Steel Yard to Gift 16 Cities and Towns with Free Artistic Bike Racks!
August 24th, 2017- Providence, RI- The Steel Yard’s Public Projects Team announces the first installation of free artistic bike racks made through “Bike Racks for Rhode Island”, the Steel Yard’s multifaceted project funded through a PeopleForBikes Coalition Community Grant. 35 colorful bike racks will soon be installed in parks, at town halls and in front of schools in 16 cities and towns across Rhode Island! In addition to providing functional bike parking and public art in these communities, the project trained 24 underserved Rhode Islanders in our job readiness program, Weld to Work.
On Tuesday, August 22nd, the Steel Yard installed three “one-by-one” bike racks on the corner of Fricker Street and Cranston Street- a convergence point of three of Providence’s high schools: Providence Career & Technical Academy, Classical High School, and Central High School. Mayor Jorge Elorza, an avid biker himself, Principal Wobberson Torchon of Providence Career & Tech, and Providence planning technician Alex Ellis, all came out to celebrate the installation.
This is the first of many installations across the state. The locations were selected through nominations by City and Town planners reviewed by a final selection committee made up of Steel Yard staff and a local biking expert. We were seeking submissions that had a high need for bike racks, where one of our bike racks could increase ridership and/or bike safety, and that might not be able to afford a bike rack otherwise. The selection committee was thrilled to award at least one bike rack to every City or Town that applied. Below is a complete list of the final locations!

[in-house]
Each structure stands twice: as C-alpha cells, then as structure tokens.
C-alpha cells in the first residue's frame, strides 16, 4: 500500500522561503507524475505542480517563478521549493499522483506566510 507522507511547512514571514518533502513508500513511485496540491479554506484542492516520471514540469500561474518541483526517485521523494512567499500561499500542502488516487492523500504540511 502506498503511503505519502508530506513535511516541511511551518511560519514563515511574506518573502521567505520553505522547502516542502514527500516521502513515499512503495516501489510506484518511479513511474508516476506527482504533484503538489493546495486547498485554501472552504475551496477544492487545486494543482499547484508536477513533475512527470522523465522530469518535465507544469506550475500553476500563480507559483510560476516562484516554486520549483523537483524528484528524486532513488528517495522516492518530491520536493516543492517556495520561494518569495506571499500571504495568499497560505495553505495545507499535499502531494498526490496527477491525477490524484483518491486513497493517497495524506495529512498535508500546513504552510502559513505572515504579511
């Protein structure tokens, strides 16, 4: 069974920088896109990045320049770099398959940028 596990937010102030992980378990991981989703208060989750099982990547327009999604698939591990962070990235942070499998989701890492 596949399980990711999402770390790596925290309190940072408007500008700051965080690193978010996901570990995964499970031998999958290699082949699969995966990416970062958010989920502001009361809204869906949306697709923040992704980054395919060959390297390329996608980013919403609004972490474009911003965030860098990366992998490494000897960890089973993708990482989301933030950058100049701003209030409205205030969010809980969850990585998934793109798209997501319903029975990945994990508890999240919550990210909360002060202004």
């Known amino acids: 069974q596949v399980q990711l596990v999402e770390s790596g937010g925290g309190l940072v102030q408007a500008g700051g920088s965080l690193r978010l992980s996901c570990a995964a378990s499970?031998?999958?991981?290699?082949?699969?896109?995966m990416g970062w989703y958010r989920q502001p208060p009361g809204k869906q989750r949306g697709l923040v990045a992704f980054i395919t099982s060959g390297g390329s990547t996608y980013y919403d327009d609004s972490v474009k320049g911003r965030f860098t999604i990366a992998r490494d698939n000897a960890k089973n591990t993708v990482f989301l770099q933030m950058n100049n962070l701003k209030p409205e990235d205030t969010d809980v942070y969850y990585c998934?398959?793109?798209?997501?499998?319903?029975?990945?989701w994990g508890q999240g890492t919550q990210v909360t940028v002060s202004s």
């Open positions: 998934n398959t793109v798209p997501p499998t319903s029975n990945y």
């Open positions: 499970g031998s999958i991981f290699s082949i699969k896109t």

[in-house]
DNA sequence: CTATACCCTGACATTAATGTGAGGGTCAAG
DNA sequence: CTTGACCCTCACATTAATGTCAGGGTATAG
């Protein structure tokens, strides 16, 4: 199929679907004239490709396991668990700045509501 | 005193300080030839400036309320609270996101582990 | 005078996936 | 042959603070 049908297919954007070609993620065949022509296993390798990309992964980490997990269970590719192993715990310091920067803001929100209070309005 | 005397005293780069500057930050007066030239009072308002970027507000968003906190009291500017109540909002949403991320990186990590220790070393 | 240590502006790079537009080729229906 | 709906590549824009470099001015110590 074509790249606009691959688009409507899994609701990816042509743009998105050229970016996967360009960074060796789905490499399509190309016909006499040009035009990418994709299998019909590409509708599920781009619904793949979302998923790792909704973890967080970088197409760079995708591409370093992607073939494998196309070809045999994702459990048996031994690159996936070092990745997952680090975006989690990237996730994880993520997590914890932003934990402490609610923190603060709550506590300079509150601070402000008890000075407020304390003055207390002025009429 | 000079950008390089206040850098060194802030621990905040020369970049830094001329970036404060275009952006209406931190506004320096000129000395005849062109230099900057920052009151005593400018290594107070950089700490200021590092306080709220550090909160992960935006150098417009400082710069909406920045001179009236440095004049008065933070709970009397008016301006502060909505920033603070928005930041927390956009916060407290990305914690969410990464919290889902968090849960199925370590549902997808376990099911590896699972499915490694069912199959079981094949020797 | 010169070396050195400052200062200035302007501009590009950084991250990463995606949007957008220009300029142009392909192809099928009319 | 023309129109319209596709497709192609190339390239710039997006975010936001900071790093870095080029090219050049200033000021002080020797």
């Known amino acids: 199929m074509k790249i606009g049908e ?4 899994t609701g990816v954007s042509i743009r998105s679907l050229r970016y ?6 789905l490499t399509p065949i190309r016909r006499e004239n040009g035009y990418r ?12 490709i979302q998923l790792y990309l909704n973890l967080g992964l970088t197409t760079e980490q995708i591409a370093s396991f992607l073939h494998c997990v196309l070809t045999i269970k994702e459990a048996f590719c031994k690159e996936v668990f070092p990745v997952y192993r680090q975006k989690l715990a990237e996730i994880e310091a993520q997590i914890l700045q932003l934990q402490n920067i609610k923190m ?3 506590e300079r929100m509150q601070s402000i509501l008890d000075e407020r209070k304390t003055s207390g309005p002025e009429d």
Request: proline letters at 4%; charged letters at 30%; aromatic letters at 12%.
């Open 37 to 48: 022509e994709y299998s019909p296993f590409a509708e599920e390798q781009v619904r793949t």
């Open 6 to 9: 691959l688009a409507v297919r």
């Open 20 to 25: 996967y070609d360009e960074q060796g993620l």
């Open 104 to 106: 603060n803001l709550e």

|City or Town||Location|
|Town of Bristol||Franklin Street at Independence Park, Bristol, RI|
|City of Central Falls||City Hall|
|City of Central Falls||Crossman Park|
|City of Central Falls||Quinn Square|
|City of Central Falls||Post Office|
|City of Central Falls||Blackstone Valley Community Health Center|
|Cumberland||Valley Falls Neighborhood – Jones St. and Maple St.|
|East Greenwich||East Greenwich High School|
|East Providence||Watchemocket Square|
|North Kingstown||Yorktown Park|
|North Providence||North Providence Youth Center|
|North Smithfield||New Tyke Park|
|Providence||Olneyville Square @ Manton Avenue|
|Providence||South Providence: Roger Williams Middle School @ Thurbers|
|Providence||South Providence – Juanita Sanchez High School @ Rugby|
|Providence||Woods Elementary School @ Ocean|
|Providence||Bucklin & Daboll, in between Gilbert Stuart Middle School, Alfred Lima Elementary, and Charles Fortes Elementary|
|Providence||Intersection of Fricker and Cranston, near Classical High School, Career & Technical Academy, and Central High School|
|Providence||South Providence – Bailey Elementary School|
|Providence||South Providence – Fogarty Elementary School|
|South Kingstown||South Kingstown Housing Authority’s Champagne Heights & Fournier Estates neighborhoods|
|Town of Barrington||Veterans Memorial Park|
|Scituate||Scituate Lions – Outdoor sports complex|
|Warren||Mary V. Quirk Community Center|
|Warren||Baker St Playground|
The Steel Yard is an award-winning industrial arts center and Providence’s largest private outdoor venue. The 3.8-acre campus, located in Providence’s Industrial Valley, is a cultural asset that serves as a sponsor and catalyst for innovative approaches to urban revitalization, arts promotion, workforce development, and community growth. The professional workspace allows for community access to equipment for welding, blacksmithing, jewelry, ceramics, and the foundry arts. The facilities at the Yard have become a vital component in the careers of hundreds of independent craftspeople and entrepreneurs who would not otherwise have the capacity to establish their businesses or perfect their crafts while allowing educators the ability to teach students new skills in a creative and communal environment. Over the last 10 years, the Steel Yard has contributed something distinct to the Arts community in Rhode Island by creating shared professional workspace, a venue for the advancement of new sculptural mediums, and a broader definition of public-art
Board of directors: Nat Harris (Chair), Frank Previti (Treasurer), Jennifer Carnevale (Secretary), Kristine Merz, Damian Ewens, Megan Boyaval, Manya Rubinstein, Emily Vander Does, Benjamin Rackliffe, Rafael Cerada, Jim Cournoyer